Billy Langley and Dan Curtis , 'Going with the flow: Small scale water power'

IssueNovember 2005
Review by Theresa Wolfwood

This little book excites me more than the whole heavy stack that I recently received to review. It is immediate, politically and socially relevant, practical and comprehensive - we need it. Small-scale water power, that is.

The price of petroleum increases as reserves dwindle. Wars and coups are planned and executed to ensure the minority world gets what it considers “our oil”, no matter where it is. And those who complain about polluting coal based energy, also from a non renewal resource, are told the answer is nuclear. In much of the world massive dam and hydroelectricity projects destroy human and animal communities, displace millions, and alter and damage the surrounding natural environment. The power generated is seldom designed to benefit those most affected by its development.

Yet humanity wants and uses electricity. As Langley and Curtis point out, small-scale water power has been used for years to benefit local users. Much of it in the UK and elsewhere has fallen into disuse as centralised power sources became available, cheaper initially and often the only legal source offered. In the introduction, E M Wilson says that of the UK's goal of 15% renewable energy by 2015, over half could come from small-scale hydro.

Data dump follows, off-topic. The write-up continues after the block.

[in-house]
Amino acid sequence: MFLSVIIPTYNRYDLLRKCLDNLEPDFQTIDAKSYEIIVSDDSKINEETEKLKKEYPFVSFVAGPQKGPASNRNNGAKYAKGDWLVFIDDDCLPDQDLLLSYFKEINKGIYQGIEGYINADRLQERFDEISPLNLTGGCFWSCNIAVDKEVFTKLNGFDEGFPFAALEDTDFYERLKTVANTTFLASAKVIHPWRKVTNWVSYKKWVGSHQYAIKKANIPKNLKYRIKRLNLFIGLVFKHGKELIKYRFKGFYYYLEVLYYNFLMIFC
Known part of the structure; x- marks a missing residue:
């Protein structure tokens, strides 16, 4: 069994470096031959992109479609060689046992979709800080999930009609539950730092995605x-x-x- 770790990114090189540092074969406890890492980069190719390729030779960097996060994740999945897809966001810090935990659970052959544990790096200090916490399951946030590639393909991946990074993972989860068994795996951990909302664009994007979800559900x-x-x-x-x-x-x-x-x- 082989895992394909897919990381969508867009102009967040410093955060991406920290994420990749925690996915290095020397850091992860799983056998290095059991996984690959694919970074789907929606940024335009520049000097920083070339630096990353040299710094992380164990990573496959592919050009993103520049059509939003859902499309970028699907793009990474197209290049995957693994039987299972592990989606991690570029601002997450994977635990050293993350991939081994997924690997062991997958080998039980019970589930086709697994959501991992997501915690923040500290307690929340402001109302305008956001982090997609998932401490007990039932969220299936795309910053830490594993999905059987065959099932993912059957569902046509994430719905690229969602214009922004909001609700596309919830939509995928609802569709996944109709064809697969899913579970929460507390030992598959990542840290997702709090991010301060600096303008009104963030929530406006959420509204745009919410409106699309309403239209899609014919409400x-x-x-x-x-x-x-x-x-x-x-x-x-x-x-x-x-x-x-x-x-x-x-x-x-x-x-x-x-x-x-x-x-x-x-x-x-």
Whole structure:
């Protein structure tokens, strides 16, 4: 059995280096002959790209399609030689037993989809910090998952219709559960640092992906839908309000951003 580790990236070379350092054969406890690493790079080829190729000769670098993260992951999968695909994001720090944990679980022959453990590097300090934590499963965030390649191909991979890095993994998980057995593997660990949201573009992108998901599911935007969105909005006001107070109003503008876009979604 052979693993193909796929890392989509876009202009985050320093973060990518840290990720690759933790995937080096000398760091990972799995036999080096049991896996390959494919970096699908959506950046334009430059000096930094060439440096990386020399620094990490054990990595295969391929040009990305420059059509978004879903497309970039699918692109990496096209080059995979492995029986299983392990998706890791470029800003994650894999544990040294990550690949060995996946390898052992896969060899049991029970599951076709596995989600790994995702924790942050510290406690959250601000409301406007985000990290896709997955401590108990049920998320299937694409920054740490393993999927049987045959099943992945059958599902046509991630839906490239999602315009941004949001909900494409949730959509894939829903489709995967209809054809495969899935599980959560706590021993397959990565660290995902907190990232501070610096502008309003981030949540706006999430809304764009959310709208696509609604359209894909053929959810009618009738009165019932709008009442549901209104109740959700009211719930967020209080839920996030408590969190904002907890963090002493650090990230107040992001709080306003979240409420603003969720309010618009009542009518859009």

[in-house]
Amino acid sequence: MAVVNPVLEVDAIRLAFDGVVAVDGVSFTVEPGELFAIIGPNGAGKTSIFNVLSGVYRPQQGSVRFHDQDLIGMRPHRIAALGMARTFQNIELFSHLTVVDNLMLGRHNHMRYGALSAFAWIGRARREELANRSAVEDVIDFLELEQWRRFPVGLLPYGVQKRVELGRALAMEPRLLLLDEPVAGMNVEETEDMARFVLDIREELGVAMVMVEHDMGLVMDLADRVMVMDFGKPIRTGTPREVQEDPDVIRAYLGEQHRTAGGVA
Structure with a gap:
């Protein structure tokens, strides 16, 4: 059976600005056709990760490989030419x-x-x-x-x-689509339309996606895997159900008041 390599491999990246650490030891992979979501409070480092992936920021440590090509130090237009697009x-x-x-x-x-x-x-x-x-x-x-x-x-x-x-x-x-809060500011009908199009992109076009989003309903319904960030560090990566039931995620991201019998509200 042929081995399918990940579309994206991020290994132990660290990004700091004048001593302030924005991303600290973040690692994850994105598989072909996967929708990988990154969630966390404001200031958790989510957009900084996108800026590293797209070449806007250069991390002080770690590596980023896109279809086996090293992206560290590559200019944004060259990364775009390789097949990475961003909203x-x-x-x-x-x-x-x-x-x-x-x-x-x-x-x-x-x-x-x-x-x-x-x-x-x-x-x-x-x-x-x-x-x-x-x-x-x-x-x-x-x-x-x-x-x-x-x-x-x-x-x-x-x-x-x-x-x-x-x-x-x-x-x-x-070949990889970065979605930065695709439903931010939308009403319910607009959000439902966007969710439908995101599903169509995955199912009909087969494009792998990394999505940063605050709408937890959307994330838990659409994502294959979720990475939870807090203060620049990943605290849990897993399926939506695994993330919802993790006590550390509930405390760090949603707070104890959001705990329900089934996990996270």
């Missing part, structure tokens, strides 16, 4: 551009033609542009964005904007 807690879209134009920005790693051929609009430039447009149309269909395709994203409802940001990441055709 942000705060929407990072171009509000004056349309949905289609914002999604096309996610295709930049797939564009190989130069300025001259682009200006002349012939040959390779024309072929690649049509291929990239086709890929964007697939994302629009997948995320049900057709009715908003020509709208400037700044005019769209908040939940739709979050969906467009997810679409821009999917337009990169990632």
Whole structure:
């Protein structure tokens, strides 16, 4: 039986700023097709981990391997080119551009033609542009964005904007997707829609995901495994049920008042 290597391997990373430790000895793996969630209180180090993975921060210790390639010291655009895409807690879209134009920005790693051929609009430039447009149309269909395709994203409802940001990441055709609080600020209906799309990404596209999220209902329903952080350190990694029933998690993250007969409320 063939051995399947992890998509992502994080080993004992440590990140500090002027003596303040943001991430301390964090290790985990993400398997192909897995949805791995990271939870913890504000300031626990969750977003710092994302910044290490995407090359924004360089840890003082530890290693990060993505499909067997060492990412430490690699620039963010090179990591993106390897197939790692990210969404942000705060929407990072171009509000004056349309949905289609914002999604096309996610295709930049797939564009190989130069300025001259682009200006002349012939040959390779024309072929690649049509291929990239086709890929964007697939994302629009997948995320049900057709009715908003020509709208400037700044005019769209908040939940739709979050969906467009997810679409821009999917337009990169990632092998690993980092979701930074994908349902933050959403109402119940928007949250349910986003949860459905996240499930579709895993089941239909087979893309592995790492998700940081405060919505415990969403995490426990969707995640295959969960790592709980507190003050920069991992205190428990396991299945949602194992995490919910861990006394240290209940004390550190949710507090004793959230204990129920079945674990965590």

The authors have laid out all the benefits and problems of this source in a clear, concise way. They also point out that one source of energy is definitely conservation: we can all decrease our use with efficient light bulbs and appliances, to say nothing of just using less - do we really need electric bread-makers, microwave ovens, clothes driers, and sound systems in every room, or TVs with constant warm-up features? For that matter do we need TV at all?

This is also a manual for the installation of small-scale hydro systems, with clear instructions, detailed information and diagrams. All possible problems and complications are discussed. It is true, as they say, that the equipment does require an initial expensive investment and requires maintenance - but then what technology doesn't? Streams can be used on a small scale without destruction of the environment - and all these projects are possible for small communities and groups.

Government subsidies which now go to mega-projects could be turned to smaller scales if the public and politicians called for a serious commitment. Those of us who don't live in areas where water power is possible need to demand similar commitments to solar and wind. See the publishers of this fine handbook for other writings on those sources. My copy of this book is going to an NGO in the mountains of Guatemala - my contact there says it is just what they have been looking for.

Topics: Energy
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